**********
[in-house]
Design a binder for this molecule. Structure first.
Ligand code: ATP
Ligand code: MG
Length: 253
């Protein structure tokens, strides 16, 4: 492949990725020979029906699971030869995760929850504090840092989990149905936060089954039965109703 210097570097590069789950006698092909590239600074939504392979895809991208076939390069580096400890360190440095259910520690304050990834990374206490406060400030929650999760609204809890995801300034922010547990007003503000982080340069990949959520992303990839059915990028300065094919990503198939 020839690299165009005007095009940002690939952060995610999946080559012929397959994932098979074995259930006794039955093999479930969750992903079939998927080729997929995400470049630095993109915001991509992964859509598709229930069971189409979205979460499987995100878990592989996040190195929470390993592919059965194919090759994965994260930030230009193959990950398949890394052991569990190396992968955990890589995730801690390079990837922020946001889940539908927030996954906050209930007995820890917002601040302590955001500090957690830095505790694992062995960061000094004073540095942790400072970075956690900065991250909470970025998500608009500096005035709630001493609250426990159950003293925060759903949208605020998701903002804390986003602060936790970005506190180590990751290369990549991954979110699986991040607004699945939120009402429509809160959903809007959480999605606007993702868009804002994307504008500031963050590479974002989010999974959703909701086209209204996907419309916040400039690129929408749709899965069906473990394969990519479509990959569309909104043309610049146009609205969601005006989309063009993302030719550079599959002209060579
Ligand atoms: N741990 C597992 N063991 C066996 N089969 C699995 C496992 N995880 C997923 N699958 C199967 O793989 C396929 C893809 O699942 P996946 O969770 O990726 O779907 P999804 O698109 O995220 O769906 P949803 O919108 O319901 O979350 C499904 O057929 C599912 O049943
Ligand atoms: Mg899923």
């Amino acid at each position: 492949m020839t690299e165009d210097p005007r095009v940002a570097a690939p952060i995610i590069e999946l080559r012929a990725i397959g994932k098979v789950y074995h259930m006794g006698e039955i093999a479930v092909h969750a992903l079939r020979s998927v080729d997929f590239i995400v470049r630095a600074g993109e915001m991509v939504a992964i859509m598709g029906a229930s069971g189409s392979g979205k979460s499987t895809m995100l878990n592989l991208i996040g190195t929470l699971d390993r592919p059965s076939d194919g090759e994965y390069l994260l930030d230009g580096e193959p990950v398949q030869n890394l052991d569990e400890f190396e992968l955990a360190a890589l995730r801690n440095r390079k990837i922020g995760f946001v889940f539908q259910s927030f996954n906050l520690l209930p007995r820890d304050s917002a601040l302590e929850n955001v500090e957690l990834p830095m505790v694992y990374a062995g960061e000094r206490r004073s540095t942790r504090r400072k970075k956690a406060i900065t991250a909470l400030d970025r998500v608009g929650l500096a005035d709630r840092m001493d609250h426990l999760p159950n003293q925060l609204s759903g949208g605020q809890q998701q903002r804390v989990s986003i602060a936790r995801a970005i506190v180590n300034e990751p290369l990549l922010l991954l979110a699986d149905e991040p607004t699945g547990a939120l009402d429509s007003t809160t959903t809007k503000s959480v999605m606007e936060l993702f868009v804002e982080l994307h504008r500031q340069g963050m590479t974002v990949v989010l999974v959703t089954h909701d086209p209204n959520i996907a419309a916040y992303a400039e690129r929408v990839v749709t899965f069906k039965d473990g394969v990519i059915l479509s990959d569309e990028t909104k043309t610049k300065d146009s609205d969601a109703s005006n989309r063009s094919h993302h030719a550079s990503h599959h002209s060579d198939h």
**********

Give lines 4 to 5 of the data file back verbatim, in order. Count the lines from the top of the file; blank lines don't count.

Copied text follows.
Ligand code: MG
Length: 253